Issues at the Forefront in Washington, D.C.

For the past 10 years, we have been hosting our IBA Annual Washington Trip in late September or early October. Originally we selected this timing, because it seemed to work best into our schedule. While that continues to be true, it is highly unlikely that we would ever want to change the timing of this important annual pilgrimage. Why? Because so many times, we have been in Washington, D.C., at critical junctures, from both banking and historical standpoints. To clarify, we do take smaller groups to DC two or three times each year, but this trip in the fall is our big one. This year we will have attendance from nearly 60 bankers and about 90 people overall.

We were in DC in 2008, when Congress was considering the passage of the Troubled Asset Relief Program (TARP). We were the only bankers in town, and our opinions were continually being sought out. A couple of years later, we were there when members of the House of Representatives were in the midst of discussing what ultimately would become the Dodd-Frank Act. We did not do well at dissuading them from passing this disastrous legislation. Then, three years ago, we were again in DC when the federal government was shut down, due to Congress’ failure to pass legislation to fund the government.

Next Monday and Tuesday, we will again be in Washington, when Congress is yet again considering how to fund government. While no one appears to want a shutdown, it is certainly a real possibility. The focal point centers on a subset of the Republican House of Representative members, who want to eliminate from the budget any funding of Planned Parenthood. While much shuffling and maneuvering is occurring and will continue to occur, it is unlikely that this issue will be resolved prior to Sept. 30, our departure date.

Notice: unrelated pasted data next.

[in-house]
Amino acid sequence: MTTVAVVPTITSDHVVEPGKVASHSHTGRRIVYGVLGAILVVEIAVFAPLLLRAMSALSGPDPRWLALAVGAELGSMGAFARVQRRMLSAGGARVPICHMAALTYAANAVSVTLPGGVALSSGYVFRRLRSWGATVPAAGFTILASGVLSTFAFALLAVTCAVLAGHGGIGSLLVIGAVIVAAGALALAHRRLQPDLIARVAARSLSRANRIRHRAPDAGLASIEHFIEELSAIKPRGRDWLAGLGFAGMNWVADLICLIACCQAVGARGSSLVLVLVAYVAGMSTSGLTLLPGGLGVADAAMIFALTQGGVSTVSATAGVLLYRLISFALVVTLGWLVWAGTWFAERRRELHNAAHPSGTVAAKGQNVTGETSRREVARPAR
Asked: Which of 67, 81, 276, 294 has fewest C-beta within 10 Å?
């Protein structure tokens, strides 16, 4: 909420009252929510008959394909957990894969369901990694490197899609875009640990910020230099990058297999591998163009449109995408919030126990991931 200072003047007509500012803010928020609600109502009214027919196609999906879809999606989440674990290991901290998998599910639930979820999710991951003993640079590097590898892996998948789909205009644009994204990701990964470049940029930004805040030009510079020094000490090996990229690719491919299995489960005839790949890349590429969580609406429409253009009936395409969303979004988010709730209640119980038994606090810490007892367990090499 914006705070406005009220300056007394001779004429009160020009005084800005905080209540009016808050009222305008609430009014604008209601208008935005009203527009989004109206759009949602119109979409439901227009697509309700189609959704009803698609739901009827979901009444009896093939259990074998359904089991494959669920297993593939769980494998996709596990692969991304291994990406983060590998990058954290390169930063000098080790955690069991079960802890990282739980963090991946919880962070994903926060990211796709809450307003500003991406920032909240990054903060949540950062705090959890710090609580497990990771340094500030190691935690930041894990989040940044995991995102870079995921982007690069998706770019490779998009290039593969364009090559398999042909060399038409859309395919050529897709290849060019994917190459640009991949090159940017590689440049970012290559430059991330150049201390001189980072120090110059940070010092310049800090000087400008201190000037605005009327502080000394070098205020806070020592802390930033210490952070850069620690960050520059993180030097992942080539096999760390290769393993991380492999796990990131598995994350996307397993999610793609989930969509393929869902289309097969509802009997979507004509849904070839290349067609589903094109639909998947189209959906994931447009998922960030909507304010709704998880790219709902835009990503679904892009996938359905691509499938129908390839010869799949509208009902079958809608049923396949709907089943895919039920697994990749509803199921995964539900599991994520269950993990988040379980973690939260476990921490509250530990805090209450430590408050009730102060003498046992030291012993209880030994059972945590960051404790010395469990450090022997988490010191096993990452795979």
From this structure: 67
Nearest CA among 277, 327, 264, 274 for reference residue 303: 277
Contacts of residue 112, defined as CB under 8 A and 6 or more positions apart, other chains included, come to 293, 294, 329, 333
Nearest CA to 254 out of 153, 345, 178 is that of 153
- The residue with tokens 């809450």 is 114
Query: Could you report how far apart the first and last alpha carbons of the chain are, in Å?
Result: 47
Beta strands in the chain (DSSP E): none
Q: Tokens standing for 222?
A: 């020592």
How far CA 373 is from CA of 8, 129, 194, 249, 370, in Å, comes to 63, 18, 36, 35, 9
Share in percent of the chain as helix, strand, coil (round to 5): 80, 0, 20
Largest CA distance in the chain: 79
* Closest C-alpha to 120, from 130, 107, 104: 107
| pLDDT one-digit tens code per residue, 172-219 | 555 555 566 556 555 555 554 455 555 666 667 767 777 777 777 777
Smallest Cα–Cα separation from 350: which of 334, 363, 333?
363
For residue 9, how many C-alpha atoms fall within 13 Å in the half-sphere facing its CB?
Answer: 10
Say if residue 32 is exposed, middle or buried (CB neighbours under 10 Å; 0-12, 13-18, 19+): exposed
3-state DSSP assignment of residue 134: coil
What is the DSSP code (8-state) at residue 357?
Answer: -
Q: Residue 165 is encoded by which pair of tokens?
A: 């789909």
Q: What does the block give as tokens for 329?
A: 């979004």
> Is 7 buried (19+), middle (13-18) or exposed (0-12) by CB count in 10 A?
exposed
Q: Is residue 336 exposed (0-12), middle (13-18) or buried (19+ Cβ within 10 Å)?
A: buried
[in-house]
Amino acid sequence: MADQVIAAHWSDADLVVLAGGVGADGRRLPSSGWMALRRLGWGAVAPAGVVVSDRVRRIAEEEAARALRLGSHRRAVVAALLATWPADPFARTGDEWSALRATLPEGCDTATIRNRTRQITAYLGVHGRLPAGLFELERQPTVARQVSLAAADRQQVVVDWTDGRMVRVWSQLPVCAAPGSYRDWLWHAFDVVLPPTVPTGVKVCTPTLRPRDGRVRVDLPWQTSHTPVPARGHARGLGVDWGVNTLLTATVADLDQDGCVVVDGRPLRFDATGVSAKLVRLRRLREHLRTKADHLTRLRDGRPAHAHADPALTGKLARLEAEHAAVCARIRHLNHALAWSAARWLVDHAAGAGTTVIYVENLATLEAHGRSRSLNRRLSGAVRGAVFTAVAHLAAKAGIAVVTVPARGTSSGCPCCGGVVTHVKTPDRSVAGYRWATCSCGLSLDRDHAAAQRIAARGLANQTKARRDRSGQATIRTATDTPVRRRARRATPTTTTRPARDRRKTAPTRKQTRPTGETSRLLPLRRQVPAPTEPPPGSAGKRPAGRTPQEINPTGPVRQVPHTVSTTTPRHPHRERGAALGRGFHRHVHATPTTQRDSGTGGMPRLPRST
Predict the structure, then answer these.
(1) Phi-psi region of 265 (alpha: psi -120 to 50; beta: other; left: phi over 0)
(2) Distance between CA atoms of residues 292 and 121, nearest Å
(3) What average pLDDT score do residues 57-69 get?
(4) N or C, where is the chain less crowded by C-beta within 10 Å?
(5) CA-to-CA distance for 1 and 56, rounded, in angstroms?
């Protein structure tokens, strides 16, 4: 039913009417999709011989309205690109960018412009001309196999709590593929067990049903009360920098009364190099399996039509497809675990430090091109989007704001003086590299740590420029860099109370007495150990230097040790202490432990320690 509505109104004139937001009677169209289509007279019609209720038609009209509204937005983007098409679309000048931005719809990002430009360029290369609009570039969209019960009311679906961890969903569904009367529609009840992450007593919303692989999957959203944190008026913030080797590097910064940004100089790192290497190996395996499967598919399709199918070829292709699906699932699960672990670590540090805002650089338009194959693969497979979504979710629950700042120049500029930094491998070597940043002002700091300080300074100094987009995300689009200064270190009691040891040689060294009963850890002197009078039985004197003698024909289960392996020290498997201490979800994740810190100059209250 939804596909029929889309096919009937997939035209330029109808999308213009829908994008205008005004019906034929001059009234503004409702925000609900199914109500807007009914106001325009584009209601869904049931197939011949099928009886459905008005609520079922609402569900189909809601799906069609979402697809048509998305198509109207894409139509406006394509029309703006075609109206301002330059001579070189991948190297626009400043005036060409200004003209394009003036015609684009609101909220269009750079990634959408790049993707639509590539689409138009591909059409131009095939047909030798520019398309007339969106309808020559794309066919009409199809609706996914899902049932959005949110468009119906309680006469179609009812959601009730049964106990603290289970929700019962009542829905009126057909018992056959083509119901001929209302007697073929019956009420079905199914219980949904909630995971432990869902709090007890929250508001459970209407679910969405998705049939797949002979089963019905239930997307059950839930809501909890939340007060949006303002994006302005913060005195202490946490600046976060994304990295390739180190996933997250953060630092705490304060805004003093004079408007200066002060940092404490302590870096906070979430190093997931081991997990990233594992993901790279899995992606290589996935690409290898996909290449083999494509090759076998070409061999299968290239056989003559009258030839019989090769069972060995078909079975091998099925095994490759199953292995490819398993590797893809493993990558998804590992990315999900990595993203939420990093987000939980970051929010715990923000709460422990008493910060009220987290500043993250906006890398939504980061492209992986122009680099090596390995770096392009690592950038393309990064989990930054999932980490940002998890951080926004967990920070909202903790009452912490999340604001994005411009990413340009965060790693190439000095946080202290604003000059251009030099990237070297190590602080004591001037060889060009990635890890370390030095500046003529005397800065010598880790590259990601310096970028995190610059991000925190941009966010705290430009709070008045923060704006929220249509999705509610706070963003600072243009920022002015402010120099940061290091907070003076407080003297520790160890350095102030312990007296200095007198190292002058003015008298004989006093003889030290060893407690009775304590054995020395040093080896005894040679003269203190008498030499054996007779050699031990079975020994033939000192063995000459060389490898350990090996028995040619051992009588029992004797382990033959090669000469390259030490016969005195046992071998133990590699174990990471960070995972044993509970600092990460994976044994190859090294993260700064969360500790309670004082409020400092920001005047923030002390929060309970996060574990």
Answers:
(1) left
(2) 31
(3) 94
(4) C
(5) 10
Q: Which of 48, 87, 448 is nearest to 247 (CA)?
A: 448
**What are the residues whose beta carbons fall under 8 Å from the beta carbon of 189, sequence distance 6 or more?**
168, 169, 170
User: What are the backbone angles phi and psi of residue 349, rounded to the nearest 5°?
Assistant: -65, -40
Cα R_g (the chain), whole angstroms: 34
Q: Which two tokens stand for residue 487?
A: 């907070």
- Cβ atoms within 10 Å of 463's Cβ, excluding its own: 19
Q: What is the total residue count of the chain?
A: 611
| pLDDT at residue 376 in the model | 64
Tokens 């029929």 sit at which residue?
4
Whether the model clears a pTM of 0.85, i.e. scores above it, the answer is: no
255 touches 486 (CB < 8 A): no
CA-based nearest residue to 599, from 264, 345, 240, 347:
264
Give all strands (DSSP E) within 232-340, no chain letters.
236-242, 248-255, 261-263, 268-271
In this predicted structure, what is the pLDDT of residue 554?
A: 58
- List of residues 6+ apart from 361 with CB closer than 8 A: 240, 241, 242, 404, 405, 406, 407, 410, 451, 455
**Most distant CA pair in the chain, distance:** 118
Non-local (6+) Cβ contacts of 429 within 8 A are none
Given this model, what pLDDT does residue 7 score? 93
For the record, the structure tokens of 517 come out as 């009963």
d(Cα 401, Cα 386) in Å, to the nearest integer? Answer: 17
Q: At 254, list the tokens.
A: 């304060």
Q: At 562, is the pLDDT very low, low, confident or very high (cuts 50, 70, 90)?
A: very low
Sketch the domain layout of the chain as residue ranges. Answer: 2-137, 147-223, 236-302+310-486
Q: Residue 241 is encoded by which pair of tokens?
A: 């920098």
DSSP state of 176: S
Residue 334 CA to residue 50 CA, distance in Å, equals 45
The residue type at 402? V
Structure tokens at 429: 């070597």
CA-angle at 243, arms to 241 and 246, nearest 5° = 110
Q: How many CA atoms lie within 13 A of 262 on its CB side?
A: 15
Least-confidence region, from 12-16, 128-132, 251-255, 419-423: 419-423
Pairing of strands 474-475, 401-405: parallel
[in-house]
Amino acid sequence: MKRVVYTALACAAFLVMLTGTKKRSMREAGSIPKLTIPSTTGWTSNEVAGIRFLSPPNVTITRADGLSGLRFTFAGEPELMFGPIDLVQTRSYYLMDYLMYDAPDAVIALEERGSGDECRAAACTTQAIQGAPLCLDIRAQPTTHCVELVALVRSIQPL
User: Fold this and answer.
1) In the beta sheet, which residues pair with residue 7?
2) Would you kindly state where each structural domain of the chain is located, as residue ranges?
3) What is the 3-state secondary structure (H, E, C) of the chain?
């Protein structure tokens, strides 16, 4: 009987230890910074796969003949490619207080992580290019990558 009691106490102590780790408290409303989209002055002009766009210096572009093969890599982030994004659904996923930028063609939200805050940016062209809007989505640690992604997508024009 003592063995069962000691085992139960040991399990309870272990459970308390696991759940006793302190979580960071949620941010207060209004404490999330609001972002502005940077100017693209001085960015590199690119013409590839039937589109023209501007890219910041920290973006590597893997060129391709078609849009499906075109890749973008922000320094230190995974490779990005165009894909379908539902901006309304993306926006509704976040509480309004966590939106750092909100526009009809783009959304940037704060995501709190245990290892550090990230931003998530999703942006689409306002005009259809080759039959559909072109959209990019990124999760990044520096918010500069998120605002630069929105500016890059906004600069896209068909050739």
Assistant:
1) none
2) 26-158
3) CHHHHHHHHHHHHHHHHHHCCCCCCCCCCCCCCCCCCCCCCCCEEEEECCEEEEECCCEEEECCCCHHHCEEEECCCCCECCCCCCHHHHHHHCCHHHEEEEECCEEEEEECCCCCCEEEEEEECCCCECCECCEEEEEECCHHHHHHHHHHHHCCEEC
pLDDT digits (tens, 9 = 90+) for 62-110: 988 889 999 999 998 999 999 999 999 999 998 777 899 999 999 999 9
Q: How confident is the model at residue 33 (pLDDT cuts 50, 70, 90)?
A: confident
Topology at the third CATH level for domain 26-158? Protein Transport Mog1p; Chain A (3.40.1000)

From a banking standpoint, too, it could be a pivotal time, as efforts continue to find a consensus agreement to provide regulatory relief for banks, particularly community banks, so that they can once again serve their customers. Despite some cries that the Dodd-Frank Act should not be changed, there appears to be agreement that DFA is not perfect and, indeed, should be amended to fix those parts that are not working as intended. Democrats and Republicans have very different opinions about what should be in any legislation to accomplish this fix. There is even much disagreement within the two caucuses over what should be in this legislation. While it is unlikely that this issue will come to resolution during our time in DC, rest assured that we will be pressing both parties to come to an agreement and to provide banks with the tools needed to serve their customers and grow their communities.

Last week Sen. Joe Donnelly spoke at the IBA Annual Convention. Sen. Donnelly sits on the Senate Banking Housing & Urban Affairs Committee and is a key member involved in trying to arrive at a consensus piece of legislation. He has indicated that he has high hopes for a bill that could pass yet this year. Those of us on the IBA Annual Washington Trip will certainly be trying to rally support of those who are working with the senator on both sides of the aisle.

Next week may be another of those moments when the Indiana banking delegation will be present for history in the making in our nation’s capital. Only time will tell.

– S. Joe DeHaven

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